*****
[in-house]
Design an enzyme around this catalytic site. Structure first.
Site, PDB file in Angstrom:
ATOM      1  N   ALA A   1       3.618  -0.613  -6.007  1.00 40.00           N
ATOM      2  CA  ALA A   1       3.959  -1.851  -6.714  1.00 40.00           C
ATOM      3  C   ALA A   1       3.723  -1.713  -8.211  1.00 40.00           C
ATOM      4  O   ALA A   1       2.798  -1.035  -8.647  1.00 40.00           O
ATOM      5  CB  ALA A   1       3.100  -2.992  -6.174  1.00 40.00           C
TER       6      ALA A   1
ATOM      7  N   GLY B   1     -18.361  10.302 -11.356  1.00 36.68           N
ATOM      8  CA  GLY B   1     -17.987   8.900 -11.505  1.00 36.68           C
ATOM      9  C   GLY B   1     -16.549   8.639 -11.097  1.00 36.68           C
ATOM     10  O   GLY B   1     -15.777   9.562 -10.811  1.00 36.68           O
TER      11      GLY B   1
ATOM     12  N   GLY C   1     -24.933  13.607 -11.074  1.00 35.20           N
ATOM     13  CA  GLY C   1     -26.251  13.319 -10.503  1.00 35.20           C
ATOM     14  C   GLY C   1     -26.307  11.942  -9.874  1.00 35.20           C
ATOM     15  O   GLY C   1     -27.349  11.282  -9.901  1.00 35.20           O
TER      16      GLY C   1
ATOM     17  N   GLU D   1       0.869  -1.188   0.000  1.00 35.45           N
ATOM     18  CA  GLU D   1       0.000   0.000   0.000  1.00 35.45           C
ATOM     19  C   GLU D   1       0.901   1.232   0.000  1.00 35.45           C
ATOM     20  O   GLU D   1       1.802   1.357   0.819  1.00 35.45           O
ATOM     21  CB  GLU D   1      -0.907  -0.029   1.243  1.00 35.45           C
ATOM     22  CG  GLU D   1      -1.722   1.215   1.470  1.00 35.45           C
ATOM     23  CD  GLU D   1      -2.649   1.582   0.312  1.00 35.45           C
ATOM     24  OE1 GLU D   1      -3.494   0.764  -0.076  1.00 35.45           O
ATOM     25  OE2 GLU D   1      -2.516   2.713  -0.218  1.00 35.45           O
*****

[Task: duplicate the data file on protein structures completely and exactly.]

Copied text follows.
[in-house]
Design an enzyme around this catalytic site. Structure first.
Site, PDB file in Angstrom:
ATOM      1  N   ALA A   1       3.618  -0.613  -6.007  1.00 40.00           N
ATOM      2  CA  ALA A   1       3.959  -1.851  -6.714  1.00 40.00           C
ATOM      3  C   ALA A   1       3.723  -1.713  -8.211  1.00 40.00           C
ATOM      4  O   ALA A   1       2.798  -1.035  -8.647  1.00 40.00           O
ATOM      5  CB  ALA A   1       3.100  -2.992  -6.174  1.00 40.00           C
TER       6      ALA A   1
ATOM      7  N   GLY B   1     -18.361  10.302 -11.356  1.00 36.68           N
ATOM      8  CA  GLY B   1     -17.987   8.900 -11.505  1.00 36.68           C
ATOM      9  C   GLY B   1     -16.549   8.639 -11.097  1.00 36.68           C
ATOM     10  O   GLY B   1     -15.777   9.562 -10.811  1.00 36.68           O
TER      11      GLY B   1
ATOM     12  N   GLY C   1     -24.933  13.607 -11.074  1.00 35.20           N
ATOM     13  CA  GLY C   1     -26.251  13.319 -10.503  1.00 35.20           C
ATOM     14  C   GLY C   1     -26.307  11.942  -9.874  1.00 35.20           C
ATOM     15  O   GLY C   1     -27.349  11.282  -9.901  1.00 35.20           O
TER      16      GLY C   1
ATOM     17  N   GLU D   1       0.869  -1.188   0.000  1.00 35.45           N
ATOM     18  CA  GLU D   1       0.000   0.000   0.000  1.00 35.45           C
ATOM     19  C   GLU D   1       0.901   1.232   0.000  1.00 35.45           C
ATOM     20  O   GLU D   1       1.802   1.357   0.819  1.00 35.45           O
ATOM     21  CB  GLU D   1      -0.907  -0.029   1.243  1.00 35.45           C
ATOM     22  CG  GLU D   1      -1.722   1.215   1.470  1.00 35.45           C
ATOM     23  CD  GLU D   1      -2.649   1.582   0.312  1.00 35.45           C
ATOM     24  OE1 GLU D   1      -3.494   0.764  -0.076  1.00 35.45           O
ATOM     25  OE2 GLU D   1      -2.516   2.713  -0.218  1.00 35.45           O